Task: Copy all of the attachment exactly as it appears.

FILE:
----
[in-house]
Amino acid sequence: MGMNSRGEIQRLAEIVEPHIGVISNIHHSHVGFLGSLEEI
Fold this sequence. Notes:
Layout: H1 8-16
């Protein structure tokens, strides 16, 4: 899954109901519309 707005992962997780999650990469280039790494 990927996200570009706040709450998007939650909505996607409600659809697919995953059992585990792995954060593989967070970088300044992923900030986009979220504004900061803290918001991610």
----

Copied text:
[in-house]
Amino acid sequence: MGMNSRGEIQRLAEIVEPHIGVISNIHHSHVGFLGSLEEI
Fold this sequence. Notes:
Layout: H1 8-16
């Protein structure tokens, strides 16, 4: 899954109901519309 707005992962997780999650990469280039790494 990927996200570009706040709450998007939650909505996607409600659809697919995953059992585990792995954060593989967070970088300044992923900030986009979220504004900061803290918001991610």